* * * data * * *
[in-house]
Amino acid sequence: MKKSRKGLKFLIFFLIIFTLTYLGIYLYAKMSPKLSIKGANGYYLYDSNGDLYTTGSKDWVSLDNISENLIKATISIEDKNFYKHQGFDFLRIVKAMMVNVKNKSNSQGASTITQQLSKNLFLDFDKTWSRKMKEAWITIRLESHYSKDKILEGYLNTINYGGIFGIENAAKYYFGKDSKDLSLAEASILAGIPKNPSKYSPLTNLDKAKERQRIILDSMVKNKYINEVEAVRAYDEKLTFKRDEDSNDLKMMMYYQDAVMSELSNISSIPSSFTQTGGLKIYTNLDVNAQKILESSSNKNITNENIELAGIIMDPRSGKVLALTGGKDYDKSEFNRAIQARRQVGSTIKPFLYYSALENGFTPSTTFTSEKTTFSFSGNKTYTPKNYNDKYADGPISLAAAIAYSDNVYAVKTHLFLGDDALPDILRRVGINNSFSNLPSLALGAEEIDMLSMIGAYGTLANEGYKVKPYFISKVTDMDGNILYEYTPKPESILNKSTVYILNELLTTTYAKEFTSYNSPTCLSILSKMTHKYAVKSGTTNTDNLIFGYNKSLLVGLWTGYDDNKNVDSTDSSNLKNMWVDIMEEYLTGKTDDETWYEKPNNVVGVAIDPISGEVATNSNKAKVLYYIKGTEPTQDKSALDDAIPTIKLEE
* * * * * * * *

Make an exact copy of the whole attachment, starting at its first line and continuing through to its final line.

[in-house]
Amino acid sequence: MKKSRKGLKFLIFFLIIFTLTYLGIYLYAKMSPKLSIKGANGYYLYDSNGDLYTTGSKDWVSLDNISENLIKATISIEDKNFYKHQGFDFLRIVKAMMVNVKNKSNSQGASTITQQLSKNLFLDFDKTWSRKMKEAWITIRLESHYSKDKILEGYLNTINYGGIFGIENAAKYYFGKDSKDLSLAEASILAGIPKNPSKYSPLTNLDKAKERQRIILDSMVKNKYINEVEAVRAYDEKLTFKRDEDSNDLKMMMYYQDAVMSELSNISSIPSSFTQTGGLKIYTNLDVNAQKILESSSNKNITNENIELAGIIMDPRSGKVLALTGGKDYDKSEFNRAIQARRQVGSTIKPFLYYSALENGFTPSTTFTSEKTTFSFSGNKTYTPKNYNDKYADGPISLAAAIAYSDNVYAVKTHLFLGDDALPDILRRVGINNSFSNLPSLALGAEEIDMLSMIGAYGTLANEGYKVKPYFISKVTDMDGNILYEYTPKPESILNKSTVYILNELLTTTYAKEFTSYNSPTCLSILSKMTHKYAVKSGTTNTDNLIFGYNKSLLVGLWTGYDDNKNVDSTDSSNLKNMWVDIMEEYLTGKTDDETWYEKPNNVVGVAIDPISGEVATNSNKAKVLYYIKGTEPTQDKSALDDAIPTIKLEE